[5] "Attendance OPD <12 months male"     "Attendance OPD >5 years female"    
[7] "Attendance OPD >5 years male" 

We have reshaped the data so that the data elements are individual columns. It looks like we need to aggregate the second and fourth columns together to get the under 5 female attendance, and then the third and fifth columns to get the male under 5 attendance.After this, lets subset the data into a new data frame just to get the required information and display the results.

> OPD.ct$OPDUnder5Female<-OPD.ct[,2]+OPD.ct[,4]#Females
> OPD.ct$OPDUnder5Male<-OPD.ct[,3]+OPD.ct[,5]#males
> OPD.ct.summary<-OPD.ct[,c(1,8,9)]#new summary data frame
>OPD.ct.summary$FemalePercent<-
OPD.ct.summary$OPDUnder5Female/
(OPD.ct.summary$OPDUnder5Female + OPD.ct.summary$OPDUnder5Male)*100#Females
>OPD.ct.summary$MalePercent<-
OPD.ct.summary$OPDUnder5Male/
(OPD.ct.summary$OPDUnder5Female + OPD.ct.summary$OPDUnder5Male)*100#Males 

Of course, this could be accomplished much more elegantly, but for the purpose of the illustration, this code is rather verbose.Finally, lets display the required information.

> OPD.ct.summary[,c(1,4,5)]
    startdate FemalePercent MalePercent
1  2011-01-01      51.13360    48.86640
2  2011-02-01      51.49154    48.50846
3  2011-03-01      51.55651    48.44349
4  2011-04-01      51.19867    48.80133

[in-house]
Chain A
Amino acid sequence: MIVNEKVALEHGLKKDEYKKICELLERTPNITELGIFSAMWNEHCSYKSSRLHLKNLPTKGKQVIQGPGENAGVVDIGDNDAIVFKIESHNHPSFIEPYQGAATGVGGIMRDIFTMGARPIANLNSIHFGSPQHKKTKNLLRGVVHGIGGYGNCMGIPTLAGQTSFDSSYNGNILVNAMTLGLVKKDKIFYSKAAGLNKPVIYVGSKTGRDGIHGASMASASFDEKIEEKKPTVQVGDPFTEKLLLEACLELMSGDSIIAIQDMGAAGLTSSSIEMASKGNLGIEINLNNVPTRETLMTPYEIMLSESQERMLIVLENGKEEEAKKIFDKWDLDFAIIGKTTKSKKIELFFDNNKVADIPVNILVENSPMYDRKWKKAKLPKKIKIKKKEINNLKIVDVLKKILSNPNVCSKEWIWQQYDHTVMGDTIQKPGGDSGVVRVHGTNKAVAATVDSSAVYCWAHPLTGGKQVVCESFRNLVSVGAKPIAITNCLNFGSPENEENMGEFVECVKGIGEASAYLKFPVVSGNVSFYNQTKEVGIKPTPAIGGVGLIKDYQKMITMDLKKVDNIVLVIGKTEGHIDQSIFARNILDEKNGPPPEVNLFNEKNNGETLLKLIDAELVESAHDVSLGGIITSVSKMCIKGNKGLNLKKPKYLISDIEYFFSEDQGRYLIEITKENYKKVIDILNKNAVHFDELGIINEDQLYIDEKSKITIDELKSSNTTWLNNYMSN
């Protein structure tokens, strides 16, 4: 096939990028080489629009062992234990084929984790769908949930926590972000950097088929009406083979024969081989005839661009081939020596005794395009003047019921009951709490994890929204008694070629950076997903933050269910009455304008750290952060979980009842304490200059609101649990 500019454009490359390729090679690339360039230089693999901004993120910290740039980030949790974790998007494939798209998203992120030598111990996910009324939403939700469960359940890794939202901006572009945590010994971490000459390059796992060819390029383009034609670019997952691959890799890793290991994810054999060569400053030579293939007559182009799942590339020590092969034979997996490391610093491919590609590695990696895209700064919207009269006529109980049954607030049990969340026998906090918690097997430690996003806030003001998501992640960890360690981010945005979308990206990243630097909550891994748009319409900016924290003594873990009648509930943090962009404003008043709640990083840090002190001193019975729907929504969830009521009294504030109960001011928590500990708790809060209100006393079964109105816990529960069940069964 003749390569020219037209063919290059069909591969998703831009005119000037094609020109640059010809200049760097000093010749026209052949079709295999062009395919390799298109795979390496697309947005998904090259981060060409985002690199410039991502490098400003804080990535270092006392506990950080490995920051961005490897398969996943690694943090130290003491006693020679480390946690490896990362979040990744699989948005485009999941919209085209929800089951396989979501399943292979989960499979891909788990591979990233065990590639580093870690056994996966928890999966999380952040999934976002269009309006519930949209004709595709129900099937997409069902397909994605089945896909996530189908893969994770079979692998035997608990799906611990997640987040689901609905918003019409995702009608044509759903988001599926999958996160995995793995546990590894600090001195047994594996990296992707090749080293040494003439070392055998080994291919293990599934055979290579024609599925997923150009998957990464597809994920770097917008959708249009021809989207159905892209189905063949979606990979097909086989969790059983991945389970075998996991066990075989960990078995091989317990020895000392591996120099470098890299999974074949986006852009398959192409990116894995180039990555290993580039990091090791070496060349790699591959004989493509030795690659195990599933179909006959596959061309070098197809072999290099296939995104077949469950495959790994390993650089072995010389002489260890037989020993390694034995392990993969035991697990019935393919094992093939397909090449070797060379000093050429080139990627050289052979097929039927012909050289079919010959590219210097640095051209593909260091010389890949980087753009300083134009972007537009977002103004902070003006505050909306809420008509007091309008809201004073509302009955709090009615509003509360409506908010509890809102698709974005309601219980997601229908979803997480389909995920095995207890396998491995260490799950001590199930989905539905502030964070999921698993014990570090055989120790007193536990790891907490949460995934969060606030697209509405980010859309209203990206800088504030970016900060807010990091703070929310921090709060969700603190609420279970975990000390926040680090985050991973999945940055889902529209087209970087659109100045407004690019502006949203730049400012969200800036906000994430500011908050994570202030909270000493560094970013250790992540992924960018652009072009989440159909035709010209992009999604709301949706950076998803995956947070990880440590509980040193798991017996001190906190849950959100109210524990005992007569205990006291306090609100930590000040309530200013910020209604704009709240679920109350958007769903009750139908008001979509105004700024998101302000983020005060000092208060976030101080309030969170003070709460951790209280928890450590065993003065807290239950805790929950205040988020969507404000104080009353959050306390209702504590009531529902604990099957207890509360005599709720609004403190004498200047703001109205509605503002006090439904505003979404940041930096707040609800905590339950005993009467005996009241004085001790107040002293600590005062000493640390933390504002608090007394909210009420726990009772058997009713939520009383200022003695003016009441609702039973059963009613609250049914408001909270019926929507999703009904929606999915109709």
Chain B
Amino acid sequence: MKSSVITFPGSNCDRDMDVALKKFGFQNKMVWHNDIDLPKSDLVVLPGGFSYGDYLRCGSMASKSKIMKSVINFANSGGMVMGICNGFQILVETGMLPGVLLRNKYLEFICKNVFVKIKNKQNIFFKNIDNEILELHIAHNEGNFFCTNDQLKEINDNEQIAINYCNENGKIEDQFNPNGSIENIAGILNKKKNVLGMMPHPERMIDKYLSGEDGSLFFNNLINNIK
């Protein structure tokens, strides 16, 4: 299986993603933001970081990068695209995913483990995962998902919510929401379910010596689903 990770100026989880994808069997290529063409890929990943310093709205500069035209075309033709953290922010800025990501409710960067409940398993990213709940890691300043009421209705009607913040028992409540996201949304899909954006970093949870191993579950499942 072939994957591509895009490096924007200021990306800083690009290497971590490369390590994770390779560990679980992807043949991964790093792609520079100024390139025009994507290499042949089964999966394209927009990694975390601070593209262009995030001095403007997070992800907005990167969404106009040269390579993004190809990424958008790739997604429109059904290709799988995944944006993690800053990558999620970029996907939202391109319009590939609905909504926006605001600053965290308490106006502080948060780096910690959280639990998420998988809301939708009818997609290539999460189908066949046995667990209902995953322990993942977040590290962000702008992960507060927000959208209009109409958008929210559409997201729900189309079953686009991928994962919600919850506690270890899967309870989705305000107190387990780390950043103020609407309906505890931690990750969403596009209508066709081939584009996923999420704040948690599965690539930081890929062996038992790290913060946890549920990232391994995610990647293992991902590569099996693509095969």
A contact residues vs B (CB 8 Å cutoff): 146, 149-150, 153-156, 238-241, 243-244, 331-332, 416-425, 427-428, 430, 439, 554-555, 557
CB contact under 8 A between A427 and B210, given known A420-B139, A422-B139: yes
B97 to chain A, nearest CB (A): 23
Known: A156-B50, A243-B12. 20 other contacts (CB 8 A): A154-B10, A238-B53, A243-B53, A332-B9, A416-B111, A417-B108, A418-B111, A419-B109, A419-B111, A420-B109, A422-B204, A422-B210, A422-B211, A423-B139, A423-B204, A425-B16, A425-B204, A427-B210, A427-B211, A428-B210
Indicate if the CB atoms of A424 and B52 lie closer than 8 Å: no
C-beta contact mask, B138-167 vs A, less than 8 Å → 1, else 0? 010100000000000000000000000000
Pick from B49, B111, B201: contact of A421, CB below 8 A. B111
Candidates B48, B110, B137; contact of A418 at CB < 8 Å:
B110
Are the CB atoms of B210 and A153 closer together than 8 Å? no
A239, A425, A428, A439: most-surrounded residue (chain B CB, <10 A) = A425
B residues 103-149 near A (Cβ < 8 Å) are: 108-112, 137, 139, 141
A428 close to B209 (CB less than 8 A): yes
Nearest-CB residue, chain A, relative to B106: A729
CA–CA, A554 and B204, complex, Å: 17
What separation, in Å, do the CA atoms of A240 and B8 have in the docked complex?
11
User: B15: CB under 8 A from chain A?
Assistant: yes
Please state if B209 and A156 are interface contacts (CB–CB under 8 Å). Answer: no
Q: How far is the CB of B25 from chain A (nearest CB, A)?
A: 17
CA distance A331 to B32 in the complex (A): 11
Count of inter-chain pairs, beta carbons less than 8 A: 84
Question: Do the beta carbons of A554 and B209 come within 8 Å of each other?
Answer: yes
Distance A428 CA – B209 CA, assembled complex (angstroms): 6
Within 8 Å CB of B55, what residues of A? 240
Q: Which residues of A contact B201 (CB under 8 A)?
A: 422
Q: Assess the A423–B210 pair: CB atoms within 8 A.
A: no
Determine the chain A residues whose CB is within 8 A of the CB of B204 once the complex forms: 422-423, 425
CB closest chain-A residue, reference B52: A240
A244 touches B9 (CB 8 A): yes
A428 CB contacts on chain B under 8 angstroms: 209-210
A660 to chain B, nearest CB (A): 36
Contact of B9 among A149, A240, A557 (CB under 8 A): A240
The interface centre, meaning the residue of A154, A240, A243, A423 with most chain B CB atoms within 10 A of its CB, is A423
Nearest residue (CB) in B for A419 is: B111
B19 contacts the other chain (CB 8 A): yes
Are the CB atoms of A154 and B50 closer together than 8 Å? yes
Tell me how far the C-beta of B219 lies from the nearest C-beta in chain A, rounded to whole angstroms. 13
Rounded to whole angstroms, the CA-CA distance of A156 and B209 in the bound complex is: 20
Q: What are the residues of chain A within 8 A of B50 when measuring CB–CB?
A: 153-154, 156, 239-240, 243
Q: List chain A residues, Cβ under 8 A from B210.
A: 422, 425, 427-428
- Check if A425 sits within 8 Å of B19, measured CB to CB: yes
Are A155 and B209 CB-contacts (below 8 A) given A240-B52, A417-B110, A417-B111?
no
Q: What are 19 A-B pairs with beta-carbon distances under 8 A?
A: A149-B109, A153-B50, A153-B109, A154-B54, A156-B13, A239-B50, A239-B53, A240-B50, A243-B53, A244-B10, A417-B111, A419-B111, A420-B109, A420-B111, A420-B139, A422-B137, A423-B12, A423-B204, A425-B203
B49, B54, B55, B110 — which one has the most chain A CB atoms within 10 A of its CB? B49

5  2011-05-01      51.29902    48.70098
6  2011-06-01      51.66519    48.33481
7  2011-07-01      51.68762    48.31238
8  2011-08-01      51.49467    48.50533
9  2011-09-01      51.20394    48.79606
10 2011-10-01      51.34465    48.65535
11 2011-11-01      51.42526    48.57474
12 2011-12-01      50.68933    49.31067

We can see that the male and female attendances are very similar for each month of the year, with seemingly higher male attendance relative to female attendance in the month of December.

In this example, we showed how to retrieve data from the DHIS2 database and manipulate in with some simple R commands. The basic pattern for using DHIS2 and R together, will be the retrieval of data from the DHIS2 database with an SQL query into an R data frame, followed by whatever routines (statistical analysis, plotting, etc) which may be required.